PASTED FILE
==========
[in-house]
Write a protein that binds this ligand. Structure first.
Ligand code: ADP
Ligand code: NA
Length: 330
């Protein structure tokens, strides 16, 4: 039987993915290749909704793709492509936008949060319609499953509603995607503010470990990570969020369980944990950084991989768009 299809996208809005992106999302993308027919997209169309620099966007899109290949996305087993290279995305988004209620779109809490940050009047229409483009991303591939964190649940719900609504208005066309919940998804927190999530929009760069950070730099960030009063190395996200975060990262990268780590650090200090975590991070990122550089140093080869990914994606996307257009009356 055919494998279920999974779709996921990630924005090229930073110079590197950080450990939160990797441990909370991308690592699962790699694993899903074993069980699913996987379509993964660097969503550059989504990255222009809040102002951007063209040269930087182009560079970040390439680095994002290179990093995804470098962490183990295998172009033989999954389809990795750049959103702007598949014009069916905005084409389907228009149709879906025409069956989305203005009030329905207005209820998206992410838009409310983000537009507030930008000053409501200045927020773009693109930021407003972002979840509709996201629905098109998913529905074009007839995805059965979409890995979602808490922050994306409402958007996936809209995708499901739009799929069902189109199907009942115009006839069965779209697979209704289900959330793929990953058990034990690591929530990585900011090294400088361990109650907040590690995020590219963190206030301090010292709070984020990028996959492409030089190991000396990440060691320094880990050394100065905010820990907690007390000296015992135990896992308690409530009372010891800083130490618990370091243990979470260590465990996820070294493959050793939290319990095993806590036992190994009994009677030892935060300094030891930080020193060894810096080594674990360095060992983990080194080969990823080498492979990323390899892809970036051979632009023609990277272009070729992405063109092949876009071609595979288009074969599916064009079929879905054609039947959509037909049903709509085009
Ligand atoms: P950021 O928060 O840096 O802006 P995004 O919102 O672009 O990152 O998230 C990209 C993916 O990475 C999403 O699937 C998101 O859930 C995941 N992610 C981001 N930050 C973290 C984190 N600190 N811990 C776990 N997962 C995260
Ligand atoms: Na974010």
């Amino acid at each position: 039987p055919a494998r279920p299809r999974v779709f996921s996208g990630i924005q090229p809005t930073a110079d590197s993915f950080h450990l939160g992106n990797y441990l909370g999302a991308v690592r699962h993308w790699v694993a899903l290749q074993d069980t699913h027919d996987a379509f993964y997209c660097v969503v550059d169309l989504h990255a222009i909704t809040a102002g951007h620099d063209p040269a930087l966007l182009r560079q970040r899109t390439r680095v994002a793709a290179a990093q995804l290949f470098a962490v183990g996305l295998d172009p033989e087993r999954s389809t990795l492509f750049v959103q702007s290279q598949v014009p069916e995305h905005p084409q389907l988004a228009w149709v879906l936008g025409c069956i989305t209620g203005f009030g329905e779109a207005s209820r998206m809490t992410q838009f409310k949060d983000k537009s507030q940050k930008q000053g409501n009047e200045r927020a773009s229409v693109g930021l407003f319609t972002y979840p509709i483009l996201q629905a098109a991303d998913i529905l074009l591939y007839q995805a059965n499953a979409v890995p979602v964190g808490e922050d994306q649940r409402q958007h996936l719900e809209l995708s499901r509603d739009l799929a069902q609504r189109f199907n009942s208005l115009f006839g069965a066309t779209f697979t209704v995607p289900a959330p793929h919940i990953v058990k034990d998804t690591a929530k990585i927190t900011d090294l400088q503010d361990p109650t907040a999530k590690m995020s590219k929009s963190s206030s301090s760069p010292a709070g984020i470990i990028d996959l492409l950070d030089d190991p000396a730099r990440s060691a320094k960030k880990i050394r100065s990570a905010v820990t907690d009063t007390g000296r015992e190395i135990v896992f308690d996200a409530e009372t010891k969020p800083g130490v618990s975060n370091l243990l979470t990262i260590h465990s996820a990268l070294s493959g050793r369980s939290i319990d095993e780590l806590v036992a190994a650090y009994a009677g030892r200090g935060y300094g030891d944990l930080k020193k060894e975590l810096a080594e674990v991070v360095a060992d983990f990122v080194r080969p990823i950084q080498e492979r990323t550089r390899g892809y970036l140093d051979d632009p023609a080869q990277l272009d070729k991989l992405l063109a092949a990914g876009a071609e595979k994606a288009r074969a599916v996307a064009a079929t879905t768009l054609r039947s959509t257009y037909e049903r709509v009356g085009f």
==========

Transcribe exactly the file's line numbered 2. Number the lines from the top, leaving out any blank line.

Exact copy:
Write a protein that binds this ligand. Structure first.